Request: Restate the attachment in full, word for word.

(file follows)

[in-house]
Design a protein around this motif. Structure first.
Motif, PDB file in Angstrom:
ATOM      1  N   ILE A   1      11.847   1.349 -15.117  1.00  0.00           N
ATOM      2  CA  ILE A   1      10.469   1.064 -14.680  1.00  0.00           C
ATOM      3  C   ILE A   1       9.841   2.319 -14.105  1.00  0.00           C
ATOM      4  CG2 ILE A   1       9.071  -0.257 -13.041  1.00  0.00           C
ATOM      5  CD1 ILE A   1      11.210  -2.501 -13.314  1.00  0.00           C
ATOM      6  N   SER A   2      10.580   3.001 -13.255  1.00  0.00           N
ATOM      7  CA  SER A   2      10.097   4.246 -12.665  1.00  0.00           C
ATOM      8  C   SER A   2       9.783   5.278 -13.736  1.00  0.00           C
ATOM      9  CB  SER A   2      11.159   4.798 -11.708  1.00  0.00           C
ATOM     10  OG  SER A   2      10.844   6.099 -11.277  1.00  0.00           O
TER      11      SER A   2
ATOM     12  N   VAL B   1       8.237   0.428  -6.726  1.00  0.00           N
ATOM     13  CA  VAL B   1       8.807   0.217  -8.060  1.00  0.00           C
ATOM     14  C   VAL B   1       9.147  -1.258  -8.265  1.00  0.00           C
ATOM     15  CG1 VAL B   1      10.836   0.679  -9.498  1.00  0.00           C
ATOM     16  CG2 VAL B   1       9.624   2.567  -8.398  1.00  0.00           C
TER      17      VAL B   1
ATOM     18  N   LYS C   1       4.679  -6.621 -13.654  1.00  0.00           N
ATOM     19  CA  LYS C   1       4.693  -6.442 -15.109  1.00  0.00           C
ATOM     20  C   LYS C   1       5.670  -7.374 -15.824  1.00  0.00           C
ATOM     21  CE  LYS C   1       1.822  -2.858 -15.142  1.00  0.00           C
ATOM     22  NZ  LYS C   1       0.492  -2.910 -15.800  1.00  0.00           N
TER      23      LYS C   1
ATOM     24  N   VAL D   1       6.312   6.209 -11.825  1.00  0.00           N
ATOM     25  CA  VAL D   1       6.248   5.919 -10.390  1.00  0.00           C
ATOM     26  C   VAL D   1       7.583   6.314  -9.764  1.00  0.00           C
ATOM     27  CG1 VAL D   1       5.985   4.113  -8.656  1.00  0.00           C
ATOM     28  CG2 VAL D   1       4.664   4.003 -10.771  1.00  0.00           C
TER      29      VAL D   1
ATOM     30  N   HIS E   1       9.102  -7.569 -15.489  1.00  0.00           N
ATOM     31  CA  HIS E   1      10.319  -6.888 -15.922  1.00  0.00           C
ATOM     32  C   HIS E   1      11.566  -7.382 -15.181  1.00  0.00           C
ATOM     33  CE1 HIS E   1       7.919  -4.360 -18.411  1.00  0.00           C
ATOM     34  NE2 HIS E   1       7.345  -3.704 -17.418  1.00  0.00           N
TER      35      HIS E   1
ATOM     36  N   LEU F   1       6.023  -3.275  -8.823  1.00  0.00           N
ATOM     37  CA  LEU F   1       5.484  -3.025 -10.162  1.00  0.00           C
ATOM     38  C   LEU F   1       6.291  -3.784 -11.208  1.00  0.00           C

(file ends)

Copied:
[in-house]
Design a protein around this motif. Structure first.
Motif, PDB file in Angstrom:
ATOM      1  N   ILE A   1      11.847   1.349 -15.117  1.00  0.00           N
ATOM      2  CA  ILE A   1      10.469   1.064 -14.680  1.00  0.00           C
ATOM      3  C   ILE A   1       9.841   2.319 -14.105  1.00  0.00           C
ATOM      4  CG2 ILE A   1       9.071  -0.257 -13.041  1.00  0.00           C
ATOM      5  CD1 ILE A   1      11.210  -2.501 -13.314  1.00  0.00           C
ATOM      6  N   SER A   2      10.580   3.001 -13.255  1.00  0.00           N
ATOM      7  CA  SER A   2      10.097   4.246 -12.665  1.00  0.00           C
ATOM      8  C   SER A   2       9.783   5.278 -13.736  1.00  0.00           C
ATOM      9  CB  SER A   2      11.159   4.798 -11.708  1.00  0.00           C
ATOM     10  OG  SER A   2      10.844   6.099 -11.277  1.00  0.00           O
TER      11      SER A   2
ATOM     12  N   VAL B   1       8.237   0.428  -6.726  1.00  0.00           N
ATOM     13  CA  VAL B   1       8.807   0.217  -8.060  1.00  0.00           C
ATOM     14  C   VAL B   1       9.147  -1.258  -8.265  1.00  0.00           C
ATOM     15  CG1 VAL B   1      10.836   0.679  -9.498  1.00  0.00           C
ATOM     16  CG2 VAL B   1       9.624   2.567  -8.398  1.00  0.00           C
TER      17      VAL B   1
ATOM     18  N   LYS C   1       4.679  -6.621 -13.654  1.00  0.00           N
ATOM     19  CA  LYS C   1       4.693  -6.442 -15.109  1.00  0.00           C
ATOM     20  C   LYS C   1       5.670  -7.374 -15.824  1.00  0.00           C
ATOM     21  CE  LYS C   1       1.822  -2.858 -15.142  1.00  0.00           C
ATOM     22  NZ  LYS C   1       0.492  -2.910 -15.800  1.00  0.00           N
TER      23      LYS C   1
ATOM     24  N   VAL D   1       6.312   6.209 -11.825  1.00  0.00           N
ATOM     25  CA  VAL D   1       6.248   5.919 -10.390  1.00  0.00           C
ATOM     26  C   VAL D   1       7.583   6.314  -9.764  1.00  0.00           C
ATOM     27  CG1 VAL D   1       5.985   4.113  -8.656  1.00  0.00           C
ATOM     28  CG2 VAL D   1       4.664   4.003 -10.771  1.00  0.00           C
TER      29      VAL D   1
ATOM     30  N   HIS E   1       9.102  -7.569 -15.489  1.00  0.00           N
ATOM     31  CA  HIS E   1      10.319  -6.888 -15.922  1.00  0.00           C
ATOM     32  C   HIS E   1      11.566  -7.382 -15.181  1.00  0.00           C
ATOM     33  CE1 HIS E   1       7.919  -4.360 -18.411  1.00  0.00           C
ATOM     34  NE2 HIS E   1       7.345  -3.704 -17.418  1.00  0.00           N
TER      35      HIS E   1
ATOM     36  N   LEU F   1       6.023  -3.275  -8.823  1.00  0.00           N
ATOM     37  CA  LEU F   1       5.484  -3.025 -10.162  1.00  0.00           C
ATOM     38  C   LEU F   1       6.291  -3.784 -11.208  1.00  0.00           C